BMW is among a number of automakers harnessing the power of biowaste—not to power its cars, but the factories that build them. It is using Cow poop and chicken droppings.
The Bavarian carmaker’s Rosslyn factory near Pretoria, South Africa, gets about a quarter of its electricity from a nearby biogas plant and has for over two years now. The waste comes from area cattle farms, chicken coops, and the three million residents of greater Tshwane.
In the United States, BMW’s plant in Spartanburg, South Carolina, draws even more of its power from methane gas, piped in from a landfill about 10 miles away. Two on-site turbines generate nearly half of the factory’s energy requirements, reducing its footprint by 92,000 tons of CO2 (and its electric bill by $3.5 million) each year.
The Spartanburg plant is among the 10 greenest on-site power-generation facilities in the United States—ahead of GM’s biogas station in Warren, Michigan, and Volkswagen’s solar park in Chattanooga, Tennessee.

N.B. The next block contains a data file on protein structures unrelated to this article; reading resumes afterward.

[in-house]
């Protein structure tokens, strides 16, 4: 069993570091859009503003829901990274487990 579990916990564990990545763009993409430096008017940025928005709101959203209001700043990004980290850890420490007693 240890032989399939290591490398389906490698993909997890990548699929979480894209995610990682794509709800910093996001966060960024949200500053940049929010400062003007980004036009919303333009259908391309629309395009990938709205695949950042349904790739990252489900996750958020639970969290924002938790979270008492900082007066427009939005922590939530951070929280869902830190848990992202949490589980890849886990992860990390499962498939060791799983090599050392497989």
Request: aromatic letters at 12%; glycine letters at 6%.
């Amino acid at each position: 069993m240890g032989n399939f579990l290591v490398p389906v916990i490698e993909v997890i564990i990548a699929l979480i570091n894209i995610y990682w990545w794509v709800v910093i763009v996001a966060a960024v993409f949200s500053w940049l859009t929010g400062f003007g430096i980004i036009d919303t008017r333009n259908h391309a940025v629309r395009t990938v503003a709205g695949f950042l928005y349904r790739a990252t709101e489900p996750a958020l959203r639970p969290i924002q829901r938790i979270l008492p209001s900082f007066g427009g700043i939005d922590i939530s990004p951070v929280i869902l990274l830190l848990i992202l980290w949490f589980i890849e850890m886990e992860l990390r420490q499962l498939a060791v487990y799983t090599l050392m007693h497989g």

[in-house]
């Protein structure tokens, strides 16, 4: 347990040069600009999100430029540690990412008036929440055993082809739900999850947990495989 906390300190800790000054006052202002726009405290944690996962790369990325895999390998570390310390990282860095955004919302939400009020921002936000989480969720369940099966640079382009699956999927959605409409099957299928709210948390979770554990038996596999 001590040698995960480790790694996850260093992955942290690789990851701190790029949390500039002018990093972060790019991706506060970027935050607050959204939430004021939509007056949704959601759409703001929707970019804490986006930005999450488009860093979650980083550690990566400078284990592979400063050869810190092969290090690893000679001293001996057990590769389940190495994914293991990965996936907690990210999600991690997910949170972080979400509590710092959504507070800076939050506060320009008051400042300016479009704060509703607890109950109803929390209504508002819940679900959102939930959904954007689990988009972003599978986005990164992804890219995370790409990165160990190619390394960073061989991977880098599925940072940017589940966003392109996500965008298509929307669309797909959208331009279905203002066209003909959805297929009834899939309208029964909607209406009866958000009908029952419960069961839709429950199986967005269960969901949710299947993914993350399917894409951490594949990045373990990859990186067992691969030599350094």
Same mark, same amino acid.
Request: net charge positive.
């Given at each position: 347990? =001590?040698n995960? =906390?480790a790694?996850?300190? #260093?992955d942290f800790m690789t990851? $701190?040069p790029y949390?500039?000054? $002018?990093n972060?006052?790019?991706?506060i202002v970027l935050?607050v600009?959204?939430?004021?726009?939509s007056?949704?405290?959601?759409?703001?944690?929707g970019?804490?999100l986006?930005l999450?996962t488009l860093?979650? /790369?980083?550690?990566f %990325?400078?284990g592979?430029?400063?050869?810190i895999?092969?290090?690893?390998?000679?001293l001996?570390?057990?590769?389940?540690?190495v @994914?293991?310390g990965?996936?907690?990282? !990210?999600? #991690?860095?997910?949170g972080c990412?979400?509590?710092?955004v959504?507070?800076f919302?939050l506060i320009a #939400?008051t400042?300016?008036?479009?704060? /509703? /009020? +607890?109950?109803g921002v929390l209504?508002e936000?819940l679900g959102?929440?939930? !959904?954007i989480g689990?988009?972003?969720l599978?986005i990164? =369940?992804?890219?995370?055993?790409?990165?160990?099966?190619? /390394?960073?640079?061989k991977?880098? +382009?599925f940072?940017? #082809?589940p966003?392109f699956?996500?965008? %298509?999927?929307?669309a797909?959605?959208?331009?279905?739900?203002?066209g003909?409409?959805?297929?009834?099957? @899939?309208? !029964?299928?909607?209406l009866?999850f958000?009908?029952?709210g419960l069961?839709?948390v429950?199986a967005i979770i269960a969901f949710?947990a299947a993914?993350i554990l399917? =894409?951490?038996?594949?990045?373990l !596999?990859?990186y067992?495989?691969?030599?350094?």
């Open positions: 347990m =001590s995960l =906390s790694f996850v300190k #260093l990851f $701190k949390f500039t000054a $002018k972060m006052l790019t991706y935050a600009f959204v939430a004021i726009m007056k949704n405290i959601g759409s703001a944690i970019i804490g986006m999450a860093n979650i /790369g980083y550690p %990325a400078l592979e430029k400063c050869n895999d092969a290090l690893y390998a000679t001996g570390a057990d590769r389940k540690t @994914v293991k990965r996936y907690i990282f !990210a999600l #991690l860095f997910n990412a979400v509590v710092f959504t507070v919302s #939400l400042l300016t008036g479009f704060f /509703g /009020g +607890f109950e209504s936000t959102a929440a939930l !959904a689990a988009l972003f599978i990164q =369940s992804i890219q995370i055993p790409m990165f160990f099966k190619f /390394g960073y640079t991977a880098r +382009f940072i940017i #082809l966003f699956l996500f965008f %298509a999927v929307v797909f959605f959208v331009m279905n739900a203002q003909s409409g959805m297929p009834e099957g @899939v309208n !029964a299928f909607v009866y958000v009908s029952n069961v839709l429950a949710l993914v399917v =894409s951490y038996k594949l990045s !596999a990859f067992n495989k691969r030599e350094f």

The factory also boasts the world’s largest fleet of hydrogen-powered machinery: 350 forklifts, tuggers, and material trains humming around the body shops, paint shops, and assembly halls, all running on hydrogen fuel cells. And the 24,000-square-foot museum next door? It’s juiced by solar power, with enough left over to supply three public EV-charging stations outside.
Measures like these help BMW draw 63 percent of its energy requirements worldwide from renewable sources. The rest of its North American energy requirements draw from hydroelectric and nuclear power, as well as from coal and natural gas. To meet its goal of 100 percent renewable energy, BMW has three years to replace those sources.